US Tax Code Section 956

 In General, Tax

Lenders to Non-US Businesses: Can you ask for more better pledges and guarantees?

Most US lenders to multinational enterprises eventually encounter the tax rules under Code Section 956.

Section 956 generally imposes a tax cost when certain non-US companies invest their earnings in US property, by deeming a dividend paid by the non-US company to its US owners. However, in an arguable overreach, Section 956 also often deems dividends when a non-US subsidiary guarantees the debt of its US parent, or serves as an indirect guarantor via a pledge of the non-US subsidiary’s equity.

Parties often avoid Section 956 in these circumstances by avoiding guarantees by the non-US subsidiary and pledges of two-thirds or more of the outstanding equity of the non-US subsidiary, much to the annoyance of many lenders. Many lenders we’ve worked with encounter these restrictions frequently, and have historically acquiesced to a pledge of only 65% of the subsidiary equity.

However, Congress overhauled many of the international tax rules of the Code in their 2017 tax act, including the treatment of dividends received from non-US corporations. In those changes, Congress added an effective exemption for most foreign dividends received by US corporations. In recent regulations, the IRS noted that this new exemption on actual dividends creates an inconsistency with the Section 956 treatment of deemed dividends, and therefore clarified that deemed dividends under Section 956 should be exempt from tax to the extent that the affected taxpayers would have benefited from an exemption on actual dividends under the new rules.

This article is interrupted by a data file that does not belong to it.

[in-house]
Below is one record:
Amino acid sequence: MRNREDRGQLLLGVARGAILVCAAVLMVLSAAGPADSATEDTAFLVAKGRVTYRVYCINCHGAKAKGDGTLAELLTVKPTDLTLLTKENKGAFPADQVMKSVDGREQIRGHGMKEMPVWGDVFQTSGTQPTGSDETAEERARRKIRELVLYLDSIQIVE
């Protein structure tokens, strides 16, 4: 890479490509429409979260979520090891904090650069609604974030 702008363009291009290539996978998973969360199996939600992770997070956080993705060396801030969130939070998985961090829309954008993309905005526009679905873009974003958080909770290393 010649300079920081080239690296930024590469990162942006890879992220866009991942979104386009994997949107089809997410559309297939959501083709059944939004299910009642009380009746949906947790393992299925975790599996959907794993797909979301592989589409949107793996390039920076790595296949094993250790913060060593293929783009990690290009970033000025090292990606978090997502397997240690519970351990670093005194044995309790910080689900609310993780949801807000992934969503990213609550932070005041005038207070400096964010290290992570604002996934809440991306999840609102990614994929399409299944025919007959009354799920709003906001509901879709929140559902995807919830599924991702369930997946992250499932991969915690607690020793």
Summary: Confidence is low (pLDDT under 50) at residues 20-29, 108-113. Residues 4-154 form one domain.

As a result, non-US subsidiaries of corporate parents may now guaranty the parent’s debt and/or the parent may pledge 100% of the subsidiary equity, without incurring the tax under Section 956.

Practically speaking, lenders may now require that borrowers with non-US subsidiaries revise their guaranty and pledge agreements to provide further security. Additionally, it is possible that some outstanding loan agreements may automatically require a further guaranty or equity pledge, where agreements used limiting language that only excused these guarantees or pledges to the extent any such guaranty or pledge caused materially adverse tax consequences.

Therefore, lenders should consider the effect of these regulations on their outstanding loans, as well as in negotiations on loans going forward. However, lenders and borrowers should seek tax counsel on these new rules, particularly given their limited application to corporate owners of non-US entities and the limited IRS authority that has been provided on these new rules.

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